I have just finished New York Times best-selling author Sarah McCoy’s latest novel, “Marilla of Green Gables,” a delightful prequel to the classic 1908 children’s novel, “Anne of Green Gables.” It wholeheartedly lives up to its dust jacket billing as “[a] beautiful rendering of a beloved place.”
McCoy and her husband, Dr. Brian Waterman, an orthopedic sports surgeon for Wake Forest Sports and Wake Forest Baptist Health, moved to Winston-Salem from Chicago a couple of years ago, and now live on Brookberry Farm in a “modern farmhouse” that they christened Summer Hill House.
“I told my editor at HarperCollins that building a house felt a lot like writing one of my books,” says McCoy. “You dig, dig, dig into history, devise a design … lay the foundations … and build up.”
For a writer lauded for her skill in illuminating “the enduring pleasures of home,” McCoy fell in love with the process of designing and building her Brookberry Farm home.
“I’m part of that story,” she says. “My husband and I are [Summer Hill House’s] parents, and that feels right.”
It’s that creation of home and the sense of place it imbues that captured McCoy’s imagination from the start.
In an interview on The Author Stories Podcast with Hank Garner, McCoy shares the story of her first book, which she presented to her parents at the age of five.
“It was little more than a piece of everyday notebook paper folded in half, but inside was my dreamscape,” she says. “A story of a house in a beautiful land, with beautiful tulips, with beautiful people who live inside and don’t like the rain. The end.”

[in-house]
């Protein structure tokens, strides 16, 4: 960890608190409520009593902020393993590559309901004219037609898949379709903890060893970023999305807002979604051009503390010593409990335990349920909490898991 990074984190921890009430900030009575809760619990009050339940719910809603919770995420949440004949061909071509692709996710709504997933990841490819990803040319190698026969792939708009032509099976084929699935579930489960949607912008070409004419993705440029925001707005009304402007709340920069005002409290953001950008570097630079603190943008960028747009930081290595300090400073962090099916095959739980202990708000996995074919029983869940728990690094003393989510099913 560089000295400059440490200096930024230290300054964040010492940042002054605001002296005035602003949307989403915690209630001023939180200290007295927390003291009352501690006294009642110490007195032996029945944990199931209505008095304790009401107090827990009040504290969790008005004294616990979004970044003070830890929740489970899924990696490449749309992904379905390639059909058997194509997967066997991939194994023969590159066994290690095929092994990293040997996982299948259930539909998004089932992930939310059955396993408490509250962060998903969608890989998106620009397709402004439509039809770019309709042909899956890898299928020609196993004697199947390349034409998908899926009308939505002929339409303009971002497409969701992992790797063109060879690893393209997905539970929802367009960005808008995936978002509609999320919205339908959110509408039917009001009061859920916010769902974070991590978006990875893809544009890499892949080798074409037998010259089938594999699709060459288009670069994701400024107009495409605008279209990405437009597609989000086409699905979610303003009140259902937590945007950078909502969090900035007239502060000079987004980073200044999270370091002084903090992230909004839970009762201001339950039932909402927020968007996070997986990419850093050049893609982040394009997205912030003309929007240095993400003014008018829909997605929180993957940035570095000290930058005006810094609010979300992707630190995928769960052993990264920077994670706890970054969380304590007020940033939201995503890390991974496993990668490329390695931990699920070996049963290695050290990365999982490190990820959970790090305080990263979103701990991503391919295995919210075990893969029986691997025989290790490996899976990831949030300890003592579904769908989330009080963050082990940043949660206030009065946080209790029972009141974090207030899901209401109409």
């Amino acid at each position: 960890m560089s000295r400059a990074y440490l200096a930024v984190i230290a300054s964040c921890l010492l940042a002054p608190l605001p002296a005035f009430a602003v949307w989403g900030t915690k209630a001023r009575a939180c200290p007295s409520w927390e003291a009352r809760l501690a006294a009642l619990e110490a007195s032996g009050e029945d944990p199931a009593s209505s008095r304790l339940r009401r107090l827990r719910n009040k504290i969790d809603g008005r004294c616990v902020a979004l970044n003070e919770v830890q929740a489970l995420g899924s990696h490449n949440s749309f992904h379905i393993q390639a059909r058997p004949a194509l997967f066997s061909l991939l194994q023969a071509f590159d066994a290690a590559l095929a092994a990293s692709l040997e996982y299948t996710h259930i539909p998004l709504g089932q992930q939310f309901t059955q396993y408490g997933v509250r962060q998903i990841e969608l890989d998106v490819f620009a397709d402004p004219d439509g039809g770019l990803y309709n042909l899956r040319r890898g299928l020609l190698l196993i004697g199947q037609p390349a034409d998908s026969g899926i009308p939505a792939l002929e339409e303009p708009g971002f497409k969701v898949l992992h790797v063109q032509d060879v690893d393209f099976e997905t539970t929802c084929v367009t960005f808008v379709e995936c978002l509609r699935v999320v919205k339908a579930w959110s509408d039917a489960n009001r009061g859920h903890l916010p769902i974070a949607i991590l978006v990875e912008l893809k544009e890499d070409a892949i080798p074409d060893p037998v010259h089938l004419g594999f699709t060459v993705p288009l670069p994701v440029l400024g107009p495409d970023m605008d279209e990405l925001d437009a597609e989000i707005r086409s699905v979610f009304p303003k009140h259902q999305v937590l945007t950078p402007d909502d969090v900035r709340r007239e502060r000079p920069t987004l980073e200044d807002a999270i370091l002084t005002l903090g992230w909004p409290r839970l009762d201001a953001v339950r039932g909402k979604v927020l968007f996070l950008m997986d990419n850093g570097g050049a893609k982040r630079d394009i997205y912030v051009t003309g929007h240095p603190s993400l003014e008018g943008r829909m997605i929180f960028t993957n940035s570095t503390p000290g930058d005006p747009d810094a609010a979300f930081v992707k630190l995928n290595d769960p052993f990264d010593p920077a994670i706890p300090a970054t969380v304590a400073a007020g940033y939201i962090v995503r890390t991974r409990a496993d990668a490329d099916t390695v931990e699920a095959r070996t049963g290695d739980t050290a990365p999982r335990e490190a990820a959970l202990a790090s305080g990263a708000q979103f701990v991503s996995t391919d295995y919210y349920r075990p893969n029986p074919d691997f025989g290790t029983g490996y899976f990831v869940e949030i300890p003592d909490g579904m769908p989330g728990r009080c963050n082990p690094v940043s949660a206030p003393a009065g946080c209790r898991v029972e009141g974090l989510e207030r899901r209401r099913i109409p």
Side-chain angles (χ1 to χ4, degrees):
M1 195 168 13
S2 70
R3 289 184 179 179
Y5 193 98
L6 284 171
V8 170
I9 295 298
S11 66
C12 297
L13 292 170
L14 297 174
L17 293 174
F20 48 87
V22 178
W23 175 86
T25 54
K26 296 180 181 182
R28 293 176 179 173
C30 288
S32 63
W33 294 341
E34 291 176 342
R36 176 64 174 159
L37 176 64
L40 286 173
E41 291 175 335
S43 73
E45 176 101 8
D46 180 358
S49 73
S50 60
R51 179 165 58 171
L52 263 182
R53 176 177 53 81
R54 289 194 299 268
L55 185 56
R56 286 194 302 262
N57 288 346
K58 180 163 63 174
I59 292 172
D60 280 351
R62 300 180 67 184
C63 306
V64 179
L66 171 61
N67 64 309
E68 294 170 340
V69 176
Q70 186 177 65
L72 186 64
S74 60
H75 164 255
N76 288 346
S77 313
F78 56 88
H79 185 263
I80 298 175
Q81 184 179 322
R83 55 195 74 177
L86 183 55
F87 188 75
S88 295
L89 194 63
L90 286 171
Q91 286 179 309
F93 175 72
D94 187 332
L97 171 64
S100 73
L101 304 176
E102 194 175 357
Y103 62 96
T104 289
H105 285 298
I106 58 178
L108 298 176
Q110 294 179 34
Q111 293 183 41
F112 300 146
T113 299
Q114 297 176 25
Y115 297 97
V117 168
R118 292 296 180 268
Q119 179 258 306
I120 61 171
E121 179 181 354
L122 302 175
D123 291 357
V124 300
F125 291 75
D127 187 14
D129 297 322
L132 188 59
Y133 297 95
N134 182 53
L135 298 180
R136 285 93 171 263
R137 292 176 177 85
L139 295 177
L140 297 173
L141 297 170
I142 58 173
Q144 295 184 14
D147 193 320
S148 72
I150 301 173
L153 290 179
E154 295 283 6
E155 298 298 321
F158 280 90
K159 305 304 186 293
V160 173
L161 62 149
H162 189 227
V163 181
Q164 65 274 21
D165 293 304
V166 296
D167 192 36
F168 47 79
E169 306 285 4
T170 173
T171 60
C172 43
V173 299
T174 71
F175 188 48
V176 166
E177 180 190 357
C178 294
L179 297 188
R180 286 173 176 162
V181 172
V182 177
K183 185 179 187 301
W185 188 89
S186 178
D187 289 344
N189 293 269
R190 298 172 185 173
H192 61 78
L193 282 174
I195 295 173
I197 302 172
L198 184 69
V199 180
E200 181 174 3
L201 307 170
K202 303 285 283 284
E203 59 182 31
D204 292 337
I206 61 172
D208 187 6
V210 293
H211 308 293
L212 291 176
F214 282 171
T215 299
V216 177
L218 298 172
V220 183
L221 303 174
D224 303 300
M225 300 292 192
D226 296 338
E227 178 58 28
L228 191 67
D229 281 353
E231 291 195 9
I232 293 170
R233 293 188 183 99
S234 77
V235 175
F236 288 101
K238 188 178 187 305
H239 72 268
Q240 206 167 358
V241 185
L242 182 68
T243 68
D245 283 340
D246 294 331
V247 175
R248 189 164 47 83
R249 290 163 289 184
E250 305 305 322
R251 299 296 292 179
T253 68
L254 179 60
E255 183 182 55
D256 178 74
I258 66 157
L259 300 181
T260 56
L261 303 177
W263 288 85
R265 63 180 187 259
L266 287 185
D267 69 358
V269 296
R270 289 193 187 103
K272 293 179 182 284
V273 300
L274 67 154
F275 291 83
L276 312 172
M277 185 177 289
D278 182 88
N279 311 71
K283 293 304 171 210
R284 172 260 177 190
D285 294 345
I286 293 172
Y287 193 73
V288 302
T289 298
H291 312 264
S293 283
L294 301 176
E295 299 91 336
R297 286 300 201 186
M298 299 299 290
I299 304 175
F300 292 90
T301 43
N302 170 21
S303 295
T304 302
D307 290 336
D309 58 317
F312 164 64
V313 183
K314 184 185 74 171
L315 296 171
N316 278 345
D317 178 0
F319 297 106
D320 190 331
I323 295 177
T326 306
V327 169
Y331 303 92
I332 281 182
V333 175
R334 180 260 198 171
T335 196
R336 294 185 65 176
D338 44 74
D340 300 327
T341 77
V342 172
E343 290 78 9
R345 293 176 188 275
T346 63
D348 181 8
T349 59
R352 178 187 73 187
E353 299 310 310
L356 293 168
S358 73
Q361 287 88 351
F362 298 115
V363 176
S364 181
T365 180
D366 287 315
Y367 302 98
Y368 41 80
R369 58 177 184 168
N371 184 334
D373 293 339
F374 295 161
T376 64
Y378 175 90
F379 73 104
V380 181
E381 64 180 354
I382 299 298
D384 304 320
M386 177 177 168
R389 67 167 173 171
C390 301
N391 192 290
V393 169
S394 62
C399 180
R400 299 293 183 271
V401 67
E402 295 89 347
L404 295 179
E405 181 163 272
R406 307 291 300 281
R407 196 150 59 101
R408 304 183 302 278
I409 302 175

Thankfully, the young author’s simple tale of a beautiful house was not the end and was, in fact, only the beginning.
McCoy finished her first draft of “Marilla of Green Gables” while still in Chicago. It was when the couple moved to Winston-Salem that “[Marilla] became a book.” Here is where she revised and edited her prequel while the couple designed and built their new home.
Part of that writing process for McCoy was traveling to Prince Edward Island to immerse herself in the world of “Anne of Green Gables.” There, she wrote the last chapter and the prologue of the novel, met author Lucy Maud Montgomery’s family members, and walked the terrain of the island. “So yes,” she says, “much of my imagination was on Green Gables” during the construction of their home on Brookberry Farm.
“Luckily, I had a builder who listened closely and appreciated my literary vision,” she says. “Homebuilder Tate Rice helped turn my artful imaginings into bricks and mortar.”
In Winston-Salem, McCoy’s curiosity of place led the author to a discovery of Reynolda House — a local version of Green Gables, albeit on a grander scale.
“I asked Tate Rice about the [roof] tiles on Reynolda House — I was smitten with them,” McCoy says.
The author learned that the green glazed tiles were rare treasures of the Reynolds family legacy and no longer available. So while McCoy meticulously laid her “word bricks” in completing “Marilla of Green Gables,” Summer Hill House rose from the ground in a modest expression of life imitating art.
“When the light catches it, you see my roof is green, as are my shutters,” she says.
In fact, in a sea of Brookberry Farm’s neutral tones, McCoy’s green-mantled manse stands out amidst the rolling hills of former farmland.
“I’m no stranger to the farm life,” McCoy says. “I was raised by people of the land.”
Her memories of her maternal grandparents’ centuries-old farm in Aibonito, Puerto Rico, and stories of her paternal grandmother’s childhood on an Oklahoma farm have always helped fuel McCoy’s imagination and feed a rich inner life that is the bedrock of her writing.
“That’s the essence of [a] true home and what we’re all searching for in life: some place where we are accepted for all that we are — successes and failures. Some place where we are loved unconditionally.”
“Call me a hermit, a recluse, or a writing troll,” McCoy says with a smile. “I’m fine with that. Summer Hill is where I can be wholly, authentically myself.”
McCoy’s latest novel-in-the-making is set in the 1970s and takes place on the exclusive and secretive Caribbean island of Mustique. She’ll be heading that way in the New Year for research. For now, though, she’ll continue to lay her word bricks from the protective privacy of Summer Hill House on Brookberry Farm — her safe haven from the world and her own beloved place.